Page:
In supporting her opinion that we don’t need a national broadband policy, she states, “(a)s for TechNet’s argument that we’re holding back the economy: With all due respect to the nice folks in San Jose, what’s good for Cisco isn’t necessarily good for America.” She goes on to say, “sure lots of people want broadband access (who can't get it)…(b)ut that in and of itself isn’t a reason to subsidize it.” Methinks that she hasn’t thoroughly read anything TechNet or Cisco have said on broadband. Neither are calling for subsidization. Cisco has consistently said that the MARKET will take care of the vast majority of broadband deployment…and in some instances, companies might need little nudges to serve rural and underserved areas. That’s it.
Further, to think that Cisco is the one company that is going to benefit from the full deployment of “true” broadband is ridiculous. There are hundreds of companies that benefit from the deployment of broadband, too many to name and certainly not worth the effort. Further, on her statement “what’s good for Cisco is not necessarily good for America” -- in this case, she’s just plain wrong. Sure, Cisco sells the boxes and software that make connections between computers -- the dial-tone for broadband, if you will -- and, yes, there will be some business benefit as more and more people move to broadband. However, with broadband comes better access to educational tools, better healthcare tools, better management tools -- in a word, more productivity. Now, I’m not an economist, but last time I looked the government tracks productivity numbers fairly closely as an economic barometer. So, I guess I’m saying that the formula that debunks her logic would look something like “Cisco (and a lot of other companies and providers) = Broadband = Increased Productivity = Good for America.” I’m not sure what her formula looks like.
We need a national broadband policy because we need to send the message to suppliers and markets that broadband IS important to our country. Markets need certainty in order for investments to be made. A national broadband policy goes a long way to providing that certainty. To measure the US penetration by saying that broadband is 256K while other countries are in the 10 to 100mbps is just silly. Other countries have invested directly in broadband because they see it as a way to level the playing field for the 21st century…the US has a bit of a buffer because our economy is twice the size of the next largest economy, but regions and countries will use broadband to catch up and they know this. If we don’t have a policy to get affordable, true broadband deployed we could be leapfrogged by others. In the recent ITU report, we fell from 13th to 16th in the world in broadband penetration. Broadband is the platform that all new applications and services will run over in the future…voice…video…data…stuff you haven’t thought of. If other regions have better infrastructure in the future, they’re going to have better education, better healthcare, bigger productivity, etc. We have to have broadband to keep our economic edge and remain competitive in this new century.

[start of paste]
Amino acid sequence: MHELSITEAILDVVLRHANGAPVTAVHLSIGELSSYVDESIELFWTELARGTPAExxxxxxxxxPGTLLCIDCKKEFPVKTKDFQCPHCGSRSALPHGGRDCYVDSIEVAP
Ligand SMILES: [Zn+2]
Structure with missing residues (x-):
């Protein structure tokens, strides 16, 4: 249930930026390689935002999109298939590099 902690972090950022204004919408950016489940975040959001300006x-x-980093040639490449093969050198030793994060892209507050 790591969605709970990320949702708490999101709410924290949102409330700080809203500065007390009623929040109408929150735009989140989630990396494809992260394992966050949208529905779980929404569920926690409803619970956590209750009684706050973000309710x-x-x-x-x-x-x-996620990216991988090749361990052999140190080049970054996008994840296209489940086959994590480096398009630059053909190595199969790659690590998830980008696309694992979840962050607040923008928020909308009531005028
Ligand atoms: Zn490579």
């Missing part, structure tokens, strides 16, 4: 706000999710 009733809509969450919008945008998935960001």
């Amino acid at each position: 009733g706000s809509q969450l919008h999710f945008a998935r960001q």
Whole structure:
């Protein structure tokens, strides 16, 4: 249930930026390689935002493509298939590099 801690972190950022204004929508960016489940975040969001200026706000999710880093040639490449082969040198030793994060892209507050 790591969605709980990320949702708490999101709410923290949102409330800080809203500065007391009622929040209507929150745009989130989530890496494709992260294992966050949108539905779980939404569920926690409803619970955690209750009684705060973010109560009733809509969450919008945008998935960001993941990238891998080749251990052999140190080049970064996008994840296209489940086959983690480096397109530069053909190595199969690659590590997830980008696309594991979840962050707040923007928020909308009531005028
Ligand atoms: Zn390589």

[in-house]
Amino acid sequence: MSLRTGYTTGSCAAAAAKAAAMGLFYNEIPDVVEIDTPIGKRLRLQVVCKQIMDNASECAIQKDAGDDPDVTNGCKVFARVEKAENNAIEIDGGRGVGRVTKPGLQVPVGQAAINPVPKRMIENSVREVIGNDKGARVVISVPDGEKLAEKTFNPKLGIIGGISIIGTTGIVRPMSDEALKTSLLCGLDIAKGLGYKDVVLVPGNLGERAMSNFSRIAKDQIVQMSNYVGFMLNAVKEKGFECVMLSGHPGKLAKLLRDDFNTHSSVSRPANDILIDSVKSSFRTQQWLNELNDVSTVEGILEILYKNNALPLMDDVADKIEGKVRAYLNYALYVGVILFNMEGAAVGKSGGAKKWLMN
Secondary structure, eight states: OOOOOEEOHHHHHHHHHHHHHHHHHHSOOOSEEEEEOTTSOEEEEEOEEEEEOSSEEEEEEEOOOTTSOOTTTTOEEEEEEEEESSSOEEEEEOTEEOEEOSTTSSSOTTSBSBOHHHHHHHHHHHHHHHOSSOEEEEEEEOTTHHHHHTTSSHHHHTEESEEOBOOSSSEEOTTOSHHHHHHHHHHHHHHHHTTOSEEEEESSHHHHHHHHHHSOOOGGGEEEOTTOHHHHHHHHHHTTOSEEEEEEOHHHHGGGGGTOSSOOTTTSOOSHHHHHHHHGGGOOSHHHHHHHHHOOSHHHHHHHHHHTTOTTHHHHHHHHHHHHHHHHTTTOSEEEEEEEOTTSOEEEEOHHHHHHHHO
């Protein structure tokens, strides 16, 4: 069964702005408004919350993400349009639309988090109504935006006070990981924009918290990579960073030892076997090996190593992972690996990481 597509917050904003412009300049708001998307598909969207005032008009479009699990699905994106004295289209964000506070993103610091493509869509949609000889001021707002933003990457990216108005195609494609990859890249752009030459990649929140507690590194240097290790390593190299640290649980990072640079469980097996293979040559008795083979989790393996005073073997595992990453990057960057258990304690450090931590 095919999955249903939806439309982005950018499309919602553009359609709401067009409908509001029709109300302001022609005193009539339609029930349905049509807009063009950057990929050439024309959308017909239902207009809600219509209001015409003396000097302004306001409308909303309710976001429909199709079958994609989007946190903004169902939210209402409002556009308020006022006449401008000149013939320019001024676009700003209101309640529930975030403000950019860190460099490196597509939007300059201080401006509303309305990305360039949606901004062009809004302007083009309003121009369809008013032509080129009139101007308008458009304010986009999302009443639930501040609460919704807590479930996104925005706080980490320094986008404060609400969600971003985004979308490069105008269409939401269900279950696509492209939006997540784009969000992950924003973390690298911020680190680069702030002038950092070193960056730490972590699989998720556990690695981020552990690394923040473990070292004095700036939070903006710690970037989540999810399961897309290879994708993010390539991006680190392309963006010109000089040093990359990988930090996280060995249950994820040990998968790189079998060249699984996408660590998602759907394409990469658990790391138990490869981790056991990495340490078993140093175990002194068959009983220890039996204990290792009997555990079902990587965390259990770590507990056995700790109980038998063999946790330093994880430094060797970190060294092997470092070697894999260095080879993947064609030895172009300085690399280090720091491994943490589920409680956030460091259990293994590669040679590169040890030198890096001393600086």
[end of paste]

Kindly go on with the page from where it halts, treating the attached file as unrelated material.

I could go on, but I have to go take my buddy, Jim, to pick up his car from the shop. Let me know your thoughts on the issue of a national broadband plan. You can also let Johna Till Johnson know what you think of her thoughts -- the commentary states that Johnson is president and chief research officer at Nemertes Research, an independent technology research firm. Reach her at firstname.lastname@example.org.